Very rapidly, the situation went from bad to worse. Over the course of the next two days, with the elimination of the Laraan in Caladar, the Eolodi managed to somehow slip in more colony ships undetected. When it was over, we controlled only two of the five planets in the system, while the Eolodi claimed three. The High Council was incensed. The Eolodi had withdrawn their ambassadors from their consulate offices and had returned to their homeworld. In contact via interstellar communications, Lebak informed the Eolodi in no uncertain terms that their transgressions, while legal, were not acceptable to the Evon people. The Eolodi countered with an offer of an antiquated weapon technology as an appeasement. We demanded the turnover of all three planets. The Eolodi flatly refused.
Lebak had had enough of these creatures. He summoned Labon to discuss our preparedness for war. Labon’s update was excellent. Fifteen Superdreadnought TF’s were on standby, awaiting orders. All production was now churning out 2nd generation vessels with level VI shielding at an excellent rate. Moya was fully fortified. Lebak instructed Labon to immediately mobilize five 1st generation Superdreadnought TF’s in the Selia system, to bring its forces to the ten TF minimum requirement for optimal defense on our southern front. We still hadn’t been able to ascertain how the Eolodi had been able to slip into the Caladar system undetected, but we were certain that the fourteen TF’s now in the Caladar system under Semak’s command could handle the situation quite handily. The test would come soon, as would our error be exposed.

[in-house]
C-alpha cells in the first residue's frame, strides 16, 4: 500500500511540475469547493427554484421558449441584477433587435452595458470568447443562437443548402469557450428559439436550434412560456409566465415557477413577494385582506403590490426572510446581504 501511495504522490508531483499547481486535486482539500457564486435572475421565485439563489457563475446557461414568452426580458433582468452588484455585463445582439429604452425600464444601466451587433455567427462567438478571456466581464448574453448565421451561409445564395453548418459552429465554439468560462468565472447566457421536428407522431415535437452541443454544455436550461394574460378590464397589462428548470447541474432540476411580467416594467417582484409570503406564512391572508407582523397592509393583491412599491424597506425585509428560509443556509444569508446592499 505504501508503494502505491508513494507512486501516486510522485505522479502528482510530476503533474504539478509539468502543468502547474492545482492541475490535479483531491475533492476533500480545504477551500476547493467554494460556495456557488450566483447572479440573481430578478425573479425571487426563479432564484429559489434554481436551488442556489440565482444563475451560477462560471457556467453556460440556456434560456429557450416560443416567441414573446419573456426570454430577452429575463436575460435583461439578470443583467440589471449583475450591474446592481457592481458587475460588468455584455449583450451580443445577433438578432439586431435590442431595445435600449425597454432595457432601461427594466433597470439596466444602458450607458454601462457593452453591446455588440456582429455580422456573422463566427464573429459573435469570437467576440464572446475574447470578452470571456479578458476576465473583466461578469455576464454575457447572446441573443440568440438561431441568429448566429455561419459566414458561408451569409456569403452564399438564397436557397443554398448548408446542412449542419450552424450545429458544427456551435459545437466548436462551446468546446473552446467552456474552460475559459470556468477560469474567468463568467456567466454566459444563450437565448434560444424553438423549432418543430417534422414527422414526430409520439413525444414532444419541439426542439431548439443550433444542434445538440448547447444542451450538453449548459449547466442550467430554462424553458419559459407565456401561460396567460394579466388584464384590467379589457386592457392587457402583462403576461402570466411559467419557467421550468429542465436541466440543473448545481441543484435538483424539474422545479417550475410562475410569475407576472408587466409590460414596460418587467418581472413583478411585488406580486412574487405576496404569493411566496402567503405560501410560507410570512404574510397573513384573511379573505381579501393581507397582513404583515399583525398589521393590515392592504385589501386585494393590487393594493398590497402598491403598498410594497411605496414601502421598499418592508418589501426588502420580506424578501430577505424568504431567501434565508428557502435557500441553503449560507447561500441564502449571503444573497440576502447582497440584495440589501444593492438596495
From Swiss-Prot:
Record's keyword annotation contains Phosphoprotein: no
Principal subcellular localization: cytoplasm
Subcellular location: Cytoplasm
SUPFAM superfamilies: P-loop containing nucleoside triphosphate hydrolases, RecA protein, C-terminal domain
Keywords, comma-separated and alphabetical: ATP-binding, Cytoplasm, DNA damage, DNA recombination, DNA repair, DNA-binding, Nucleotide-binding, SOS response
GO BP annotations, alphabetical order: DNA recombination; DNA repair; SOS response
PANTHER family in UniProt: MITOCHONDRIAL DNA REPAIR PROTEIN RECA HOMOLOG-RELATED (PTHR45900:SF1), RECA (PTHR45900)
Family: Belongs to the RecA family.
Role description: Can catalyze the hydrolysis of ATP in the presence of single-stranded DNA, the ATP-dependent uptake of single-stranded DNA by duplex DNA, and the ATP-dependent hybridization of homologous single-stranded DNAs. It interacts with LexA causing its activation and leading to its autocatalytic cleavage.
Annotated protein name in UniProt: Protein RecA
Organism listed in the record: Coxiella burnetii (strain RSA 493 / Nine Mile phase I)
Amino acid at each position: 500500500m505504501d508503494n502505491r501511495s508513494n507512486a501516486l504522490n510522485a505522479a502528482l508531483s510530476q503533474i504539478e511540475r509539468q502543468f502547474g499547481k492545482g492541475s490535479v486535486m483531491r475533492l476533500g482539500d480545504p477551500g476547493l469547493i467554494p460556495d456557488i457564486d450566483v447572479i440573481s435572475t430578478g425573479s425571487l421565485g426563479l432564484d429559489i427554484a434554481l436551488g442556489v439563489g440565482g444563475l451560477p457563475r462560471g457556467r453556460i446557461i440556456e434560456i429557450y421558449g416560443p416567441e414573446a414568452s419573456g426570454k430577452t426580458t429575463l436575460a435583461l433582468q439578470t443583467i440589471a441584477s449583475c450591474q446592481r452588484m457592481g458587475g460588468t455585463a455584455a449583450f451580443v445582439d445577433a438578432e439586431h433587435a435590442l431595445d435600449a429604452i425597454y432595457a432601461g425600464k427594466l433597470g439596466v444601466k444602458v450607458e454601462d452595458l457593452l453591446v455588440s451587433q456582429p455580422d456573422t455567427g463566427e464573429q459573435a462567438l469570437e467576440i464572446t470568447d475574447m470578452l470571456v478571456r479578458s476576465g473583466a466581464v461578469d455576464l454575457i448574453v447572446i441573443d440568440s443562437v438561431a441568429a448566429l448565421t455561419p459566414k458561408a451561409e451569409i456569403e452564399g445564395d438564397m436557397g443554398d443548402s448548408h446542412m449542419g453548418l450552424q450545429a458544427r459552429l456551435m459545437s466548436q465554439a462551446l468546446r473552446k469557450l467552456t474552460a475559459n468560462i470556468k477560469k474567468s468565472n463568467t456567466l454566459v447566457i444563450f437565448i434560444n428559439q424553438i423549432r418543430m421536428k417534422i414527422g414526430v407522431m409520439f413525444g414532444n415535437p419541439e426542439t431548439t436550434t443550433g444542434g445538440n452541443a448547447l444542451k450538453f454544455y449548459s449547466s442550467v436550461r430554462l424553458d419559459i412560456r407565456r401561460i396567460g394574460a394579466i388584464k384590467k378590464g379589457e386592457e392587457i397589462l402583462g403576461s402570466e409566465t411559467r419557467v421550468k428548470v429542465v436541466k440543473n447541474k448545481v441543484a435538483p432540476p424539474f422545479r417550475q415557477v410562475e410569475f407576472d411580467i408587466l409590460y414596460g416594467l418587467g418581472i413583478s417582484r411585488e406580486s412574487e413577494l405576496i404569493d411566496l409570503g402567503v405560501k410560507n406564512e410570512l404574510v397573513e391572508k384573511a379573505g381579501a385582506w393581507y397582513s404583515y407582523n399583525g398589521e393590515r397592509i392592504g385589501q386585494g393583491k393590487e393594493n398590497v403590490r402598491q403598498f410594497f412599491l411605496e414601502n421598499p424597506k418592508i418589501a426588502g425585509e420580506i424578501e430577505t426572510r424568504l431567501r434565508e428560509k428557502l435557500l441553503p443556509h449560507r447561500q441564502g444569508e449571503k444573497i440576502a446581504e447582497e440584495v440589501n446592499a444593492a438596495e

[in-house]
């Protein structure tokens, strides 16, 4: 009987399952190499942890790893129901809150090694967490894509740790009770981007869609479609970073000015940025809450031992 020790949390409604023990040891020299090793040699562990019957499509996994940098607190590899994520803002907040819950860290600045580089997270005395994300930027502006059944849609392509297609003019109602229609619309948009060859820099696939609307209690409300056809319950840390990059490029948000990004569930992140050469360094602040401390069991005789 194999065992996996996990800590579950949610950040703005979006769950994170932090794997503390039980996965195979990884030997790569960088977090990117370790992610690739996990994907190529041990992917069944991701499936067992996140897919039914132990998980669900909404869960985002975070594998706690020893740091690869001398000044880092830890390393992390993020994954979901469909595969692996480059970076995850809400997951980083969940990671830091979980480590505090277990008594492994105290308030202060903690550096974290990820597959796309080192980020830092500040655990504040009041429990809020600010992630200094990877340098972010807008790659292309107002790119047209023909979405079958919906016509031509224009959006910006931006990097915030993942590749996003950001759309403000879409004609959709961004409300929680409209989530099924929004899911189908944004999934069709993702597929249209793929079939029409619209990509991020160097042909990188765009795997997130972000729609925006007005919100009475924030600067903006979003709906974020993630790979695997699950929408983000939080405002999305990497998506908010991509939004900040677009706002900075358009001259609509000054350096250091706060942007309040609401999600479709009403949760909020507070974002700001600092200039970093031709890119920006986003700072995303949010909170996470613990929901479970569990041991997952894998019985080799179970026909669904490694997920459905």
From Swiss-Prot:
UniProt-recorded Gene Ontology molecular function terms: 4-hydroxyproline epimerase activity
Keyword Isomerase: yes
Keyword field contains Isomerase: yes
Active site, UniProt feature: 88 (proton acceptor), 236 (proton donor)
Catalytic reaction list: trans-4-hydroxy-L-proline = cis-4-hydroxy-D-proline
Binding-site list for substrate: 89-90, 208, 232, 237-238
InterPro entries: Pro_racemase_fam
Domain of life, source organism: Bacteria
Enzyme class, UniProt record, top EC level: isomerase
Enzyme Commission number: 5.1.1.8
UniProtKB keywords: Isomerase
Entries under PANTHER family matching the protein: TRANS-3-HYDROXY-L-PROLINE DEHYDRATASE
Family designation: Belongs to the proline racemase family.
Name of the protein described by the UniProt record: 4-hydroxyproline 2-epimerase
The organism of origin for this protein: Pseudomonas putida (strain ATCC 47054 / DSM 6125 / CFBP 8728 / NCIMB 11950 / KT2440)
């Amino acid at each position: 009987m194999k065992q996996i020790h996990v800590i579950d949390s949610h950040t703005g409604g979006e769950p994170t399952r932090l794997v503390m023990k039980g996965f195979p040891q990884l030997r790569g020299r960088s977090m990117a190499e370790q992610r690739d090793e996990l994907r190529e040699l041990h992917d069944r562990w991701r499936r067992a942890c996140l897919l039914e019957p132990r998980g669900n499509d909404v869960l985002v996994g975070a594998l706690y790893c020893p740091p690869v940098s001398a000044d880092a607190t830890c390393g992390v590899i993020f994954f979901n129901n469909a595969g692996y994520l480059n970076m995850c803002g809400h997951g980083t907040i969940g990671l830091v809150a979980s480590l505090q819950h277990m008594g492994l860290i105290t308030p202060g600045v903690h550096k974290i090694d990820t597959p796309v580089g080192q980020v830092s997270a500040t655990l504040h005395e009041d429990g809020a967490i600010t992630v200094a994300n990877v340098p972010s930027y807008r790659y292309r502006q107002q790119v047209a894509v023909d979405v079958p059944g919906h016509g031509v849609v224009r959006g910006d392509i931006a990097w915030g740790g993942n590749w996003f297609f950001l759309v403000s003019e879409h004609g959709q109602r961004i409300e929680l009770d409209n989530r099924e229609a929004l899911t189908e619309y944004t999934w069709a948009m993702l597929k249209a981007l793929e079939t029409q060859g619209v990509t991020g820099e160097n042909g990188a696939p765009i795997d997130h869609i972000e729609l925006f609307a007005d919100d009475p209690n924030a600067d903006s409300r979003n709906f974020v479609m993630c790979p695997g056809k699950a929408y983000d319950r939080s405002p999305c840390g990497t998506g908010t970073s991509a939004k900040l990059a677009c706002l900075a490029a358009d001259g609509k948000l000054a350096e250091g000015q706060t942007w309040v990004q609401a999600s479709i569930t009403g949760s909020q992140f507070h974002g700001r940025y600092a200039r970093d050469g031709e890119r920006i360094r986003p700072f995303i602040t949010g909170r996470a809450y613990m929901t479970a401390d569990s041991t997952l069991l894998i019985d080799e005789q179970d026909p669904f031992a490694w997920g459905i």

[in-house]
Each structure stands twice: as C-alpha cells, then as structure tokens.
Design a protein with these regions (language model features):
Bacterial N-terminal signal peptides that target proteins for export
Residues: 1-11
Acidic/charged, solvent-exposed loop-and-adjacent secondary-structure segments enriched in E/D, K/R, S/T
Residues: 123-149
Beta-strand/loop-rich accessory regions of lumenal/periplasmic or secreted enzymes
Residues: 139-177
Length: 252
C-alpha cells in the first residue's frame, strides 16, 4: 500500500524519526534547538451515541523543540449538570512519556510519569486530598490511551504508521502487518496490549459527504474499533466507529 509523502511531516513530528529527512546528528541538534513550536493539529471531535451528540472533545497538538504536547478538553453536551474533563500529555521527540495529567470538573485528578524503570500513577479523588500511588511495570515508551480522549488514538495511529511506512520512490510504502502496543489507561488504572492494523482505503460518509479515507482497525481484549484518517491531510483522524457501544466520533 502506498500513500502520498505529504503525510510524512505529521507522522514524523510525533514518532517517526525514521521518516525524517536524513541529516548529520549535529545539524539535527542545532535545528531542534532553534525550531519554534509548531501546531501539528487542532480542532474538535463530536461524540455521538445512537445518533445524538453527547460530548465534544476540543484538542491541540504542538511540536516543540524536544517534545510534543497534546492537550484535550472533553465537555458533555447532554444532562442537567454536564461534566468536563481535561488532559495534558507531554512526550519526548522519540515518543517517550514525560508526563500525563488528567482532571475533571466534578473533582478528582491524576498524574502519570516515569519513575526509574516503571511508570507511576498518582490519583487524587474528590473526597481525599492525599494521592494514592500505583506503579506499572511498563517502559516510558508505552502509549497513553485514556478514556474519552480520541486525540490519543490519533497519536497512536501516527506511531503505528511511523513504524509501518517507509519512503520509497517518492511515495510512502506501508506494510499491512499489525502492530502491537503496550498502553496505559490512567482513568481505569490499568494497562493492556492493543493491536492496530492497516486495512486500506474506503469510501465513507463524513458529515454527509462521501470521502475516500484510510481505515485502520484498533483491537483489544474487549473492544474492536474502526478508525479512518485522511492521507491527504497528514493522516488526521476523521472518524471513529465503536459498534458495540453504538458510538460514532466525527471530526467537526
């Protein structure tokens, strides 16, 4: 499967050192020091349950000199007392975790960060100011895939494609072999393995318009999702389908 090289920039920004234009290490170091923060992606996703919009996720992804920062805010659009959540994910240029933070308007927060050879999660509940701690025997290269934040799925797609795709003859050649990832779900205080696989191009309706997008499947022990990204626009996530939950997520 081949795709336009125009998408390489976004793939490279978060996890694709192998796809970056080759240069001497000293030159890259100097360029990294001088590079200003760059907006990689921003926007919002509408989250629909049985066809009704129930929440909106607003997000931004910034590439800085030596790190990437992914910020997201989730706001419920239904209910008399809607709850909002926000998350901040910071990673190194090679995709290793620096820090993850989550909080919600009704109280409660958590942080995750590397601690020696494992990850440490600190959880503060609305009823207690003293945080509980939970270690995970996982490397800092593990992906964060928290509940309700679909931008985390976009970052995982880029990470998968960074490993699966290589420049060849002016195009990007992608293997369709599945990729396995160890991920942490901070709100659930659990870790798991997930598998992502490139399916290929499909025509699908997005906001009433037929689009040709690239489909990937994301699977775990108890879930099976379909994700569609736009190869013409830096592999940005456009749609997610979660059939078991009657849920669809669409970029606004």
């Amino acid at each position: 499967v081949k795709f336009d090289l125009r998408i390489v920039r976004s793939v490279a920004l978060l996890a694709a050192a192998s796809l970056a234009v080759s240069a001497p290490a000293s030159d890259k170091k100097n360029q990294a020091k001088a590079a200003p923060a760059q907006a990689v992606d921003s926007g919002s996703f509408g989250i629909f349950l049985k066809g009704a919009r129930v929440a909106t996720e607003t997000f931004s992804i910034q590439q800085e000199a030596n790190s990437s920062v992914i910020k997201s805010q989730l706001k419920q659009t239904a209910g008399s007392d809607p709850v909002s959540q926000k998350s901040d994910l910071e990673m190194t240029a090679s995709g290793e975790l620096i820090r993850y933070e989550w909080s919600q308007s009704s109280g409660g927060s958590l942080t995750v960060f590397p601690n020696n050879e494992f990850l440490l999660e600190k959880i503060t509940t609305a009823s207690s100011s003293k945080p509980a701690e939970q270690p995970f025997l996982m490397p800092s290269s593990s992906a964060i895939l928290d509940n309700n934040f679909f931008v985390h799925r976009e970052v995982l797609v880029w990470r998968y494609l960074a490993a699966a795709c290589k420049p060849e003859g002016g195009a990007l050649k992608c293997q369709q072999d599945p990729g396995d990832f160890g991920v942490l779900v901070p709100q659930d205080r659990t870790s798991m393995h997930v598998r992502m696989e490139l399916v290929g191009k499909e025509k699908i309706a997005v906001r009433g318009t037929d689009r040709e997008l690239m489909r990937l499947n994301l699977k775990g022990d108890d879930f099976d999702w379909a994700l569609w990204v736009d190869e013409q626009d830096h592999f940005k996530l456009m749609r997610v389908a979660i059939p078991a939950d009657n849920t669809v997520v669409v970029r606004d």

War was declared on the Eolodi the next day at dawn. There were only two Eolodi TF’s in the system and they turned tail and ran before Semak could even get off a shot. This presented a new problem. Where were they going to run? We thought the only place they could go was back down the one-way street that led to Caladar and back into our Empire. That meant that we needed to defend Tokan because that was the next system down the line. The only thing defending Tokan was our fifth LR Battle Cruiser TF that had been originally stationed in Ursa previously but had been re-deployed when we ceded Ursa VI to the Eolodi. Semak dispatched four of his fourteen TF’s to Tokan. Semak felt that four TF’s would be more than adequate, leaving him a full ten TF’s in Caladar to continue the assault on the three Eolodi planets, which were soon to be ours. After all, there was now no way, because of our state of war, for Eolodi ships to “slip” past either Moya or Selia undetected. Any Eolodi